For convenience, it’s advisable to get a Prepaid Sim Card at the airport. There is a service counter just after you exit the arrivals terminal. There are only two mobile providers in the Maldives, which are Ooredoo and Dhiraagu.
The Maldivian Rufiya (MVR) is the currency of Maldives. Notes come in denominations of 5, 10, 20, 50, 100, and 500. Coins come in MVR 2, MVR 1, 50 cents and 25 cents. EURO and US Dollar is accepted by all hotels and shops in the capital city Male’.
As a tourist, having local currency is not required as all resorts will bill you in US Dollars. However having cash is necessary if you are at an inhabited island. In the capital city Male’, it’s possible to pay for everything using US dollars, though you’ll be given change in rufiyaa.
The Official exchange rate is US$ = MVR 15.42
All major credit cards are accepted by all resorts and guesthouses and the majority of the shops. However, it is advisable to always have some cash with you.
Every resort takes major credit cards including Visa, Amex, and MasterCard. Guesthouses also accept major credit cards but do double-check this with yours before you travel.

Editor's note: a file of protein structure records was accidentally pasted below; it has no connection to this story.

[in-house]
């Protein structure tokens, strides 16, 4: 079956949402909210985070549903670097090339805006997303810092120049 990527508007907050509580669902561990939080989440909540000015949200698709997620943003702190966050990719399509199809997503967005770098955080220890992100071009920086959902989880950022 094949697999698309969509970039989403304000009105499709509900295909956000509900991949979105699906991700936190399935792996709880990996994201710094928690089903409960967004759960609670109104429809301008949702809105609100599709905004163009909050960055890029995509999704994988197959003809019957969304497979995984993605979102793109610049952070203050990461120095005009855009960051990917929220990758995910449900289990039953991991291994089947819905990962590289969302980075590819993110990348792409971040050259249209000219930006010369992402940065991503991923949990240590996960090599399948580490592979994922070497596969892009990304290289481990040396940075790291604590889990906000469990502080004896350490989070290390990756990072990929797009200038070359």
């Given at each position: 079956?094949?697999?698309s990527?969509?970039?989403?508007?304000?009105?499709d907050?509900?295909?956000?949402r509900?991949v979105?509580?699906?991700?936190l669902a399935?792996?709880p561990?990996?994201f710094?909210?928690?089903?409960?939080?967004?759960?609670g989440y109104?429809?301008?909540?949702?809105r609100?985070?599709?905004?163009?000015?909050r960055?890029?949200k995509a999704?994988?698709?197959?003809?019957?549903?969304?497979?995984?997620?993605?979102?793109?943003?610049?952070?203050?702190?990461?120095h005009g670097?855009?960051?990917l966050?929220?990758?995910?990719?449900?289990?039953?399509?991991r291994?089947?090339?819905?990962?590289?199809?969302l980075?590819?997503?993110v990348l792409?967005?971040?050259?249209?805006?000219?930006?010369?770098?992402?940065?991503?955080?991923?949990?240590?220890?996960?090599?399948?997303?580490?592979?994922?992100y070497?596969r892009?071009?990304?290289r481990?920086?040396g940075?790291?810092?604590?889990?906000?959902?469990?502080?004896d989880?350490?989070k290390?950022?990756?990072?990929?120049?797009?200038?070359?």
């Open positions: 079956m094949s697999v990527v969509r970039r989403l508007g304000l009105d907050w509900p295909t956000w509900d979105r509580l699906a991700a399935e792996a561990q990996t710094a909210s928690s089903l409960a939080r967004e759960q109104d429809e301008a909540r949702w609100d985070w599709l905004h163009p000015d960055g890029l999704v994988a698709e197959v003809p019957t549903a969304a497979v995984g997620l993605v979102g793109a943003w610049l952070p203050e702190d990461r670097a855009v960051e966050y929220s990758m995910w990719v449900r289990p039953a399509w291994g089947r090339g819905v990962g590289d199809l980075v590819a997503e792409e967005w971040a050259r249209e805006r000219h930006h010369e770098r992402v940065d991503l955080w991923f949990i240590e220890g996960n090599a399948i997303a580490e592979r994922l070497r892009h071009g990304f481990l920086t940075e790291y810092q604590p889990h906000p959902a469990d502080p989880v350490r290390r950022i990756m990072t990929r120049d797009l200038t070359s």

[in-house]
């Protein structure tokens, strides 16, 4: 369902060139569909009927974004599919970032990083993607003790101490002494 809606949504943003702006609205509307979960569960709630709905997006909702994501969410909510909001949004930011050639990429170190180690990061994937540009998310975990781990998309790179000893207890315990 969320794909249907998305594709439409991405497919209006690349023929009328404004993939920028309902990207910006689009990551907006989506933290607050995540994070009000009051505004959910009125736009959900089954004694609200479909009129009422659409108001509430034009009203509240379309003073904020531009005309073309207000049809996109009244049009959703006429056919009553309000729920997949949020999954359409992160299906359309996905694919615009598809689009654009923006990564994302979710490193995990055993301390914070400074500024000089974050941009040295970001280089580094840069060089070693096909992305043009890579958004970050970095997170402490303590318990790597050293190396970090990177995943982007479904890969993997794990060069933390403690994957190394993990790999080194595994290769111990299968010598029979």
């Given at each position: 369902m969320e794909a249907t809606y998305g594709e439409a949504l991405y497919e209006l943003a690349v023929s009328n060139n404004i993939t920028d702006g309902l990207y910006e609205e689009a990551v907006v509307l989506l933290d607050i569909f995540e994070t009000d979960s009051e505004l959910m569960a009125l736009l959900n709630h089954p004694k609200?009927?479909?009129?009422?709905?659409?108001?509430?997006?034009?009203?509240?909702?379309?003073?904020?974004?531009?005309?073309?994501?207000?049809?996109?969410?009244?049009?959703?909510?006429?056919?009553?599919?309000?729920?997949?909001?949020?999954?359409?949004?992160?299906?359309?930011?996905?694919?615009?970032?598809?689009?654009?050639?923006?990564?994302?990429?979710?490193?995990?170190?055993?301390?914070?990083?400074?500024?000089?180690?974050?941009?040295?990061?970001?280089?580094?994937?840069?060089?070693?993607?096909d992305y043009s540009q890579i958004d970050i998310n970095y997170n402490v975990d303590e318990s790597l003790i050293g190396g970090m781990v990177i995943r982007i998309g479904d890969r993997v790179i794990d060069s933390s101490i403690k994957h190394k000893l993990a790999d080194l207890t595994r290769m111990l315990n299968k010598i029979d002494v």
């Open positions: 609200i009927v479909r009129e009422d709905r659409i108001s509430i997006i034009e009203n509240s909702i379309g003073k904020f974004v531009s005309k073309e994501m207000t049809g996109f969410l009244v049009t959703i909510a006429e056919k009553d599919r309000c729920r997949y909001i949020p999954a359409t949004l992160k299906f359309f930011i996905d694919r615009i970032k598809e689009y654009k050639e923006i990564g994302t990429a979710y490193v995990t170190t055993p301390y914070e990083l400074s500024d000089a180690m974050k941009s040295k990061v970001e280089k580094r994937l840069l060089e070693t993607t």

ATMs can be found in Male, Hulhumale’, Villingili, Velana International Airport and the bigger inhabited islands. There are no ATMs in island resorts. Nearly all allow you to withdraw funds from international accounts and only local currency (MVR) will be dispensed. Note that international bank charges may apply dependent on your own bank account terms and conditions
The ATMs at Velana Airport and Male’ branch of the Bank of Maldives dispensing U.S dollar, are to cater Bank of Maldives cardholders only.
Please be aware that in many cases there is only one ATM on each island, so it’s never ideal to be reliant on them.
If you decide to spend time in Male’, the city can easily be explored by walking. Otherwise, you can take a taxi.
If you already have a booking, transportation will be included. So depending on your destination it will be seaplane, domestic airline or a speedboat transfer.
The best way to explore the various atolls throughout the Maldives is by boat.